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PPT – Network Partition PowerPoint presentation | free to download - id: 719ccc-NDQ3Z

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Network Partition

- Network Partition
- Finding modules of the network.
- Graph Clustering
- Partition graphs according to the connectivity.
- Nodes within a cluster is highly connected
- Nodes in different clusters are poorly connected.

Applications

- It can be applied to regular clustering
- Each object is represented as a node
- Edges represent the similarity between objects
- Chameleon uses graph clustering.
- Bioinformatics
- Partition genes, proteins
- Web pages
- Communities discoveries

Challenges

- Graph may be large
- Large number of nodes
- Large number of edges
- Unknown number of clusters
- Unknown cut-off threshold

Graph Partition

- Intuition
- High connected nodes could be in one cluster
- Low connected nodes could be in different

clusters.

A Partition Method based on Connectivities

- Cluster analysis seeks grouping of elements into

subsets based on similarity between pairs of

elements. - The goal is to find disjoint subsets, called

clusters. - Clusters should satisfy two criteria
- Homogeneity
- Separation

Introduction

- In similarity graph data vertices correspond to

elements and edges connect elements with

similarity values above some threshold. - Clusters in a graph are highly connected

subgraphs. - Main challenges in finding the clusters are
- Large sets of data
- Inaccurate and noisy measurements

Important Definitions in Graphs

- Edge Connectivity
- It is the minimum number of edges whose removal

results in a disconnected graph. It is denoted by

k(G). - For a graph G, if k(G) l then G is called an

l-connected graph.

Important Definitions in Graphs

- Example
- GRAPH 1 GRAPH 2
- The edge connectivity for the GRAPH 1 is 2.
- The edge connectivity for the GRAPH 2 is 3.

A

B

A

B

D

C

C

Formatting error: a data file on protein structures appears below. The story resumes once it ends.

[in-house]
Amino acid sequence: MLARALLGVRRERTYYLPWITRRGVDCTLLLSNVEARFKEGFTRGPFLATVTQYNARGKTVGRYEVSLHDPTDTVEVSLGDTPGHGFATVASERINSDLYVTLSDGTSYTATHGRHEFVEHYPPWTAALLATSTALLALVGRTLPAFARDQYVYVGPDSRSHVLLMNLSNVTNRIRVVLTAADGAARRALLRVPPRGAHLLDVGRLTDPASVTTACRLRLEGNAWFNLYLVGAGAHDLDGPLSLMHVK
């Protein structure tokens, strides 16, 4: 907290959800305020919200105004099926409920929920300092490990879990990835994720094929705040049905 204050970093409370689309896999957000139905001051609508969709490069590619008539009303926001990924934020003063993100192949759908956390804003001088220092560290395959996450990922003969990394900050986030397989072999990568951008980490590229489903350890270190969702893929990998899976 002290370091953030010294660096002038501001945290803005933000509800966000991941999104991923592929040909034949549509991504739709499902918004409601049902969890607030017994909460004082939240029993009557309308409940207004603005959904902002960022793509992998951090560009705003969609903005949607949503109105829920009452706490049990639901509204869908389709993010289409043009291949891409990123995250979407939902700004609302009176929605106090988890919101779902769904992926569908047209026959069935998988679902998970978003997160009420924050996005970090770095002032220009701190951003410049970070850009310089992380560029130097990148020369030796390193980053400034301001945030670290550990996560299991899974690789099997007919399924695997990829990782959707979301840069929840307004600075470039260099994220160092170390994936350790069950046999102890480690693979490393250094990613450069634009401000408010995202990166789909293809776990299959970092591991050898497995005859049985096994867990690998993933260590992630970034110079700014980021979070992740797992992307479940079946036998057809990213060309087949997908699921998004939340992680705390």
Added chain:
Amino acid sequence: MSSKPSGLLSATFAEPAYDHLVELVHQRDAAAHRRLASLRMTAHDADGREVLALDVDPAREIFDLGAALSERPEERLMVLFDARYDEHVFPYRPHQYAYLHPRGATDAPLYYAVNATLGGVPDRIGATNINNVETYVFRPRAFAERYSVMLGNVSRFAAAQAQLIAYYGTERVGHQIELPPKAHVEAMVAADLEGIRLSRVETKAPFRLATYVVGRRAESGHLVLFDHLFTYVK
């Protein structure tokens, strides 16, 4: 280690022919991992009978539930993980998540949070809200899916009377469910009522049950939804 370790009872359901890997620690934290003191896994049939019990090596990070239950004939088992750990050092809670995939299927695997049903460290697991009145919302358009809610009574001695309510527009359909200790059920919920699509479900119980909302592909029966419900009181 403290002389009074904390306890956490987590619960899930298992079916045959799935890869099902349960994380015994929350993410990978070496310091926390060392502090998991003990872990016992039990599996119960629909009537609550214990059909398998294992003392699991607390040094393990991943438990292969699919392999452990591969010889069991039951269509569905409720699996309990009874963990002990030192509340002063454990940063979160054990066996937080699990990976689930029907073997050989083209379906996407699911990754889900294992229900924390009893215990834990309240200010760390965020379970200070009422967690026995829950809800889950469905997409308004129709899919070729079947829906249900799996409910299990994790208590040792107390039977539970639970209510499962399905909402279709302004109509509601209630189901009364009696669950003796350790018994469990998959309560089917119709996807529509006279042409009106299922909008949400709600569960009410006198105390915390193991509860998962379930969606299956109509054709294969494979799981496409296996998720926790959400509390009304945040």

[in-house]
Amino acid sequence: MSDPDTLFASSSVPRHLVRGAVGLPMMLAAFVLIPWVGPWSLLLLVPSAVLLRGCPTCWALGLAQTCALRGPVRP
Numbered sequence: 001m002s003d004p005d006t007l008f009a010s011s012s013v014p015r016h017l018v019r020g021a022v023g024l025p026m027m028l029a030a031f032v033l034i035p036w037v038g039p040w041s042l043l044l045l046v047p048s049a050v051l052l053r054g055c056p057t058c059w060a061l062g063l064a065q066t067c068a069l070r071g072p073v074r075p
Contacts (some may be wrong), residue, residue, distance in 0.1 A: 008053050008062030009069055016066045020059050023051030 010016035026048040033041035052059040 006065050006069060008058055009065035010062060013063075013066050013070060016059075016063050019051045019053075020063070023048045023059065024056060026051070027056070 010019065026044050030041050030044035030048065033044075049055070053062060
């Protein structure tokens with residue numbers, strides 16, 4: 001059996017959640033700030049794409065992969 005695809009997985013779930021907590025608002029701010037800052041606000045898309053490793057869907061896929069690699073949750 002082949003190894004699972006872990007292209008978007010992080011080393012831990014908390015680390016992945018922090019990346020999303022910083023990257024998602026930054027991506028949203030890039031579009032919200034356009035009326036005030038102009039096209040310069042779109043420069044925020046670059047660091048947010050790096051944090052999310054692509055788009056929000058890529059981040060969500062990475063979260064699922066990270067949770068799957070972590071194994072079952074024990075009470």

D

Important Definitions in Graphs

- Cut
- A cut in a graph is a set of edges whose removal

disconnects the graph. - A minimum cut is a cut with a minimum number of

edges. It is denoted by S. - For a non-trivial graph G iff S k(G).

Important Definitions in Graphs

- Example
- GRAPH 1 GRAPH 2
- The min-cut for GRAPH 1 is across the vertex B or

D. - The min-cut for GRAPH 2 is across the vertex

A,B,C or D.

A

B

A

B

D

C

C

D

Important Definitions in Graphs

- Distance d(u,v)
- The distance d(u,v) between vertices u and v in G

is the minimum length of a path joining u and v. - The length of a path is the number of edges in

it.

Important Definitions in Graphs

- Diameter of a connected graph
- It is the longest distance between any two

vertices in G. It is denoted by diam(G). - Degree of vertex
- Its is the number of edges incident with the

vertex v. It is denoted by deg(v). - The minimum degree of a vertex in G is denoted by

delta(G).

Important Definitions in Graphs

- Example
- d(A,D) 1 d(B,D) 2 d(A,E) 2
- Diameter of the above graph 2
- deg(A) 3 deg(B) 2 deg(E) 1
- Minimum degree of a vertex in G 1

A

B

D

C

E

Important Definitions in Graphs

- Highly connected graph
- For a graph with vertices n gt 1 to be highly

connected if its edge-connectivity k(G) gt n/2. - A highly connected subgraph (HCS) is an induced